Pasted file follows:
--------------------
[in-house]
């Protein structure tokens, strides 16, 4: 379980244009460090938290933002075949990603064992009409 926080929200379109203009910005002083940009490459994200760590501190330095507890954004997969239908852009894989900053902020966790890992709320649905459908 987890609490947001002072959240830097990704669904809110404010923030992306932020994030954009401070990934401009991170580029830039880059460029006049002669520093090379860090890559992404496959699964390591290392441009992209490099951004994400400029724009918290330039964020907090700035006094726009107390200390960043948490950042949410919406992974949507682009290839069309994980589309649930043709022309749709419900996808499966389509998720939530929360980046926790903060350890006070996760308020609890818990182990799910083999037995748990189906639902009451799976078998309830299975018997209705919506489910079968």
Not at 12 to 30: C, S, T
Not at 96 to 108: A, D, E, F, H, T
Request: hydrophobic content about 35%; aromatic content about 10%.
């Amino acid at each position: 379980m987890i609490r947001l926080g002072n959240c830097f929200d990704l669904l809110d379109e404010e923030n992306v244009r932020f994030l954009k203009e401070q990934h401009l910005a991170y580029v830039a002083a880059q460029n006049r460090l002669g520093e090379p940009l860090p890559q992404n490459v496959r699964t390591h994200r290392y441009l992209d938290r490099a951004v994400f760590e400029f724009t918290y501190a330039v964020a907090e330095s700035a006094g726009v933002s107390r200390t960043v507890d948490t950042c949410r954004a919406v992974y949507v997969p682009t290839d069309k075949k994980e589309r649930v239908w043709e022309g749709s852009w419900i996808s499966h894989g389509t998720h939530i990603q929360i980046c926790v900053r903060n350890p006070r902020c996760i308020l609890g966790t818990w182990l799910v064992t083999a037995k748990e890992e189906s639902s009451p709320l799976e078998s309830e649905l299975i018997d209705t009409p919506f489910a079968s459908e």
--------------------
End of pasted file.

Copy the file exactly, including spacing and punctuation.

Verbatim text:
[in-house]
């Protein structure tokens, strides 16, 4: 379980244009460090938290933002075949990603064992009409 926080929200379109203009910005002083940009490459994200760590501190330095507890954004997969239908852009894989900053902020966790890992709320649905459908 987890609490947001002072959240830097990704669904809110404010923030992306932020994030954009401070990934401009991170580029830039880059460029006049002669520093090379860090890559992404496959699964390591290392441009992209490099951004994400400029724009918290330039964020907090700035006094726009107390200390960043948490950042949410919406992974949507682009290839069309994980589309649930043709022309749709419900996808499966389509998720939530929360980046926790903060350890006070996760308020609890818990182990799910083999037995748990189906639902009451799976078998309830299975018997209705919506489910079968």
Not at 12 to 30: C, S, T
Not at 96 to 108: A, D, E, F, H, T
Request: hydrophobic content about 35%; aromatic content about 10%.
């Amino acid at each position: 379980m987890i609490r947001l926080g002072n959240c830097f929200d990704l669904l809110d379109e404010e923030n992306v244009r932020f994030l954009k203009e401070q990934h401009l910005a991170y580029v830039a002083a880059q460029n006049r460090l002669g520093e090379p940009l860090p890559q992404n490459v496959r699964t390591h994200r290392y441009l992209d938290r490099a951004v994400f760590e400029f724009t918290y501190a330039v964020a907090e330095s700035a006094g726009v933002s107390r200390t960043v507890d948490t950042c949410r954004a919406v992974y949507v997969p682009t290839d069309k075949k994980e589309r649930v239908w043709e022309g749709s852009w419900i996808s499966h894989g389509t998720h939530i990603q929360i980046c926790v900053r903060n350890p006070r902020c996760i308020l609890g966790t818990w182990l799910v064992t083999a037995k748990e890992e189906s639902s009451p709320l799976e078998s309830e649905l299975i018997d209705t009409p919506f489910a079968s459908e």